tion Educational Foundation (MRAEF), which has generously donated 48 sets of cooking tools, students are ready to get cooking from their home kitchens. The set includes an instant-read probe thermometer, a 15" x 20" commercial cutting board, a 10" aluminum sauté pan, stainless steel measuring spoons and cups, and a Dexter 8" Cooks Knife. Culinary Arts Instructor Chef Matthew Williams explained that the 48 sets would be broken up and distributed to sophomores, juniors, and seniors. "We will supplement the kits with our own fundraising money because it essential for Culinary Arts students to have the proper tools in their kitchen. Much of what we do is rooted in science, history, and math, but there is no substitute for hands-on experiences." "I am writing a new curriculum," said Chef Williams. "It will incorporate the use of new tools and ideas that will open up a world of possibilities. We are also in the midst of a lesson on knife skills with our sophomores. Having all students work at home with the same commercial equipment that we have at BVT helps them be as prepared as possible for our industry, and maybe more importantly, it gives all students equal access to an enhanced curriculum." "As a ProStart school, we utilize a curriculum from the National Restaurant Association and are in contact with our local ProStart advisors through the Massachusetts Restaurant Association, said Chef Williams. “They've been incredible supporters and very creative in their responses to supporting the many ProStart programs throughout the Commonwealth. We are thankful that the MRAEF was able to supply our students with these tools. With the proper tools, our Culinary Arts students graduate well-educated, well-trained, and ready to join the workforce."

FebRuaRy 2021

Page 15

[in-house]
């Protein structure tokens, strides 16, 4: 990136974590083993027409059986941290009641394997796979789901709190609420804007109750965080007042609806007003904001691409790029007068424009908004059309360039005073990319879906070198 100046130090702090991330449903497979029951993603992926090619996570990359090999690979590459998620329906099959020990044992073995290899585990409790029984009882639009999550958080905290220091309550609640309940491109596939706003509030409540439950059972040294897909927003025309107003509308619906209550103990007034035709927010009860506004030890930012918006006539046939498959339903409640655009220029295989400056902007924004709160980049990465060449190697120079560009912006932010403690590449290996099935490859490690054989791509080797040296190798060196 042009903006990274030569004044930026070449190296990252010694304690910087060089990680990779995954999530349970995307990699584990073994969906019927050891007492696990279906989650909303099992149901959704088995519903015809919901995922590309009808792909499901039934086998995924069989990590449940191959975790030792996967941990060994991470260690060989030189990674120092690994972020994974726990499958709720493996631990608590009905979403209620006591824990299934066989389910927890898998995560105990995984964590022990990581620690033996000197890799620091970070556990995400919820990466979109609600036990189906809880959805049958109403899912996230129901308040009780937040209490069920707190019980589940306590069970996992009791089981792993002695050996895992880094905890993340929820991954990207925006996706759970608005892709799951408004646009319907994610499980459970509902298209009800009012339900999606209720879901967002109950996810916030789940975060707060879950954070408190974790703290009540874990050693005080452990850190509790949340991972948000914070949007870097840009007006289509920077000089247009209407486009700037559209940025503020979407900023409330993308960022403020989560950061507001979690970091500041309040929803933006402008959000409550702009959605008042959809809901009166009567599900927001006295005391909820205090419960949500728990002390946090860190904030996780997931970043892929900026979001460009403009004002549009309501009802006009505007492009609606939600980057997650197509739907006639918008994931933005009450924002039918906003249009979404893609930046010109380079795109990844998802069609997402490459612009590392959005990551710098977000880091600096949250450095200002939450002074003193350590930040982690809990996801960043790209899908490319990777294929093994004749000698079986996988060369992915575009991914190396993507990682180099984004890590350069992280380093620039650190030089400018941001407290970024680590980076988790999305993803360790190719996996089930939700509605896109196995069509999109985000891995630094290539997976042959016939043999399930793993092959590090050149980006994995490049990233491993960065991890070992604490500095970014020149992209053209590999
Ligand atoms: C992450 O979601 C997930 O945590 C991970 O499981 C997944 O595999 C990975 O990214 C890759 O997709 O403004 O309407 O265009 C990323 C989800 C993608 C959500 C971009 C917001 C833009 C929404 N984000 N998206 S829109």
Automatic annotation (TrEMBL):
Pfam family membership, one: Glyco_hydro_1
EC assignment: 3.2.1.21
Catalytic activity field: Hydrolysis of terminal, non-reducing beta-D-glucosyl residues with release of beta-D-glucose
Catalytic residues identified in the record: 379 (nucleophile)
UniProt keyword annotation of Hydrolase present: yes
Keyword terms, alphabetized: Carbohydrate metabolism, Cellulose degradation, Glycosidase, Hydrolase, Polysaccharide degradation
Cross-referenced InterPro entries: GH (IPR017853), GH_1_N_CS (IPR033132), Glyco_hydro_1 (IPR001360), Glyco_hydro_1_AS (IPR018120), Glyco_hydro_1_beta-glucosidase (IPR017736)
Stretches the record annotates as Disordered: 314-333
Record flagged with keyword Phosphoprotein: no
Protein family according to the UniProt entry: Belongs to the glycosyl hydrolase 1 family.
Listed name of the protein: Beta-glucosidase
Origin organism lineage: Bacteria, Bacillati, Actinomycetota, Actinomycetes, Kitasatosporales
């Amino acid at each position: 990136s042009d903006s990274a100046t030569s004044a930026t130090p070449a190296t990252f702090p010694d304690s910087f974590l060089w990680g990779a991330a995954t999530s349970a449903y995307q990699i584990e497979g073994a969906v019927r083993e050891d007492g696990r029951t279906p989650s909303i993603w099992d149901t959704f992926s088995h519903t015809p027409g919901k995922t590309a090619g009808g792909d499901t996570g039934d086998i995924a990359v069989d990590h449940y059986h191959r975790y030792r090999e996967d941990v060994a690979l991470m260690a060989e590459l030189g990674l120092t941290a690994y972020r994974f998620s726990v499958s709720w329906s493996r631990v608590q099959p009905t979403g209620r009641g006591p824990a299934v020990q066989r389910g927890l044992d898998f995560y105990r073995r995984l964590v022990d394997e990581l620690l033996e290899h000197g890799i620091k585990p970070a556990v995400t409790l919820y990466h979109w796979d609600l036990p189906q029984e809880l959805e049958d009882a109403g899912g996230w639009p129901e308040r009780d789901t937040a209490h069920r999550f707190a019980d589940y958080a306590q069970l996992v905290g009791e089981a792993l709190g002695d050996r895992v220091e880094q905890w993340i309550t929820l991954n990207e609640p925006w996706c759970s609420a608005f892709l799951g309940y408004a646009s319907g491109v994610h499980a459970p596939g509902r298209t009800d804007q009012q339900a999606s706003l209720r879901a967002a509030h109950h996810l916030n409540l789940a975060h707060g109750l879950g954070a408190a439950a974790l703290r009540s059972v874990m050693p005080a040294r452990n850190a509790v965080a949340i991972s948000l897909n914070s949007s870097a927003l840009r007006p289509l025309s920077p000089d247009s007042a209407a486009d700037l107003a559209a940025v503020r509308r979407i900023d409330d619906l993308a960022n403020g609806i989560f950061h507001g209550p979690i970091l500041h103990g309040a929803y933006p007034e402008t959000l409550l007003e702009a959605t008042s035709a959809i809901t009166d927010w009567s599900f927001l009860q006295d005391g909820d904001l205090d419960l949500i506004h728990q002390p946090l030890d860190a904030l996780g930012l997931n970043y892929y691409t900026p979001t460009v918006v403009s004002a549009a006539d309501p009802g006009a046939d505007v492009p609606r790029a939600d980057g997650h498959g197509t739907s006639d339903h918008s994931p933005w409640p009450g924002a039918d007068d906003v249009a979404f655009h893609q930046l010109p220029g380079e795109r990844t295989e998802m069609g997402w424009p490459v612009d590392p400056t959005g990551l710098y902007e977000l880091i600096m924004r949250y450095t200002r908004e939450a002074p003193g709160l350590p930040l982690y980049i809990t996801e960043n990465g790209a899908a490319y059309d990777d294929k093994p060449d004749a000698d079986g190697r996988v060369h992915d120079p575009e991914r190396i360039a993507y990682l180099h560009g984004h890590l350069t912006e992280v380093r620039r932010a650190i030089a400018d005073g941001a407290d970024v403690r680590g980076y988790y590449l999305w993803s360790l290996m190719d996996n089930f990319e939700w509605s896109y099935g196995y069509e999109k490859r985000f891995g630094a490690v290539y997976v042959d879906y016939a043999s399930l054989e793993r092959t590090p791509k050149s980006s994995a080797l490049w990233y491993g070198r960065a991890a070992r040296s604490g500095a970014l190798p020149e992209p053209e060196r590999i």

senior corner Uxbridge Senior Center posts News and Calendar of Events Information that Seniors may find helpful: PROPERTY TAx ExEMPTIONS for Adults Age 65 and Older An exemption relieves a taxpayer from the legal obligation to pay the full amount of their local property tax. In most cases, a homeowner does not repay an exemption. Exemption programs typically provide between $500 and $1,000 per year in property tax relief to the adult who meets the town’s specific income and asset requirements. Qualifications vary, but generally relate to age, ownership, residency, disability, income or assets. You may be eligible for an exemption if you fall into any of these categories: · Legally blind person · Veteran with a serviceconnected disability · Surviving spouse of a service member, national guard member or veteran who died from active-duty injury or illness · Surviving spouse · Minor child of a deceased parent · Senior citizen age 70 and older (65 and older by local option) More detailed information about the qualifications for each exemption may be obtained from your board of assessors. For the exact eligibility requirements, check with the Uxbridge Tax Assessor, Ken O’Brien, at 508-278-8600. The Massachusetts “CIRCUIT BREAKER” TAx PROGRAM is for qualifying persons age 65 or over whose property tax (or 25% of rent) exceeds 10% of their annual gross income. You may be eligible even if you receive a property tax exemption through your city/town. Whether or not you owe taxes, you may be eligible for cash or a tax credit of up to $1,150 this tax year - even if you did not file Massachusetts state income tax forms. This benefit equals the amount that your property tax (plus 50% of your Water and Sewer Bill*) or 25% of your rent exceeds 10% of your income up to a maximum benefit amount that varies by year. To obtain the benefit, you must file for the 2020 tax year beginning in January 2021. You may also file retroactively for any benefits you could have qualified for in the past three years. Please call the Mass. Department of Revenue Customer Service at 1617-887-6367 for information and forms. Or visit https://www.mass. gov/guides/personal-income-tax-forresidents  or go to: https://www.mass.gov/service-details/ sen-ior-circuit-breaker-tax-credit Need help filing your income taxes? Go to https: //www.mass.gov/orgs/massachusetts-department-of-revenue  for Self Help Resources to help you with your taxes. The center is working with the local BOH on vaccinations for COVID for seniors. More information will be forthcoming once available. Please call the senior center or Uxbridge BOH at 508-278-8600 for more information. Thank you and stay safe, Lisa Bernard, Director  Virtual programs will be aired on Local Cable Channel 192 Tuesday – Thursdays, 9:30 a.m. & 5:30 p.m. also 10 a.m. & 6 p.m. Check out their Facebook page and YouTube channel. NEW ZUMBA GOLD CONTINUES Thursdays, February 4th, 11th, 18th, 25th and last class is March 4, 2021 ~ Interested individuals should call the Uxbridge Senior Center at 508-278-8622 for more information and receive their application and waiver forms prior to the start of the program. Sessions will be sent via email to participants. Thank you to the Uxbridge Elderly Connection for sponsoring this! • Feb. 15th: Closed - Presidents’ Day observed  • Wednesday, February 17th, Random Acts of Kindness Day: It is a day to celebrate kindness and the whole pay it forward mentality. “Remember there’s no such thing as a small act of kindness. Every act creates a ripple with no logical end.” (Scott Adams). Kind words and actions can seem so small, but their effects are truly endless. PLEASE NOTE: If the Uxbridge schools are closed due to snow, the home delivered meals will not be delivered. If there is a snow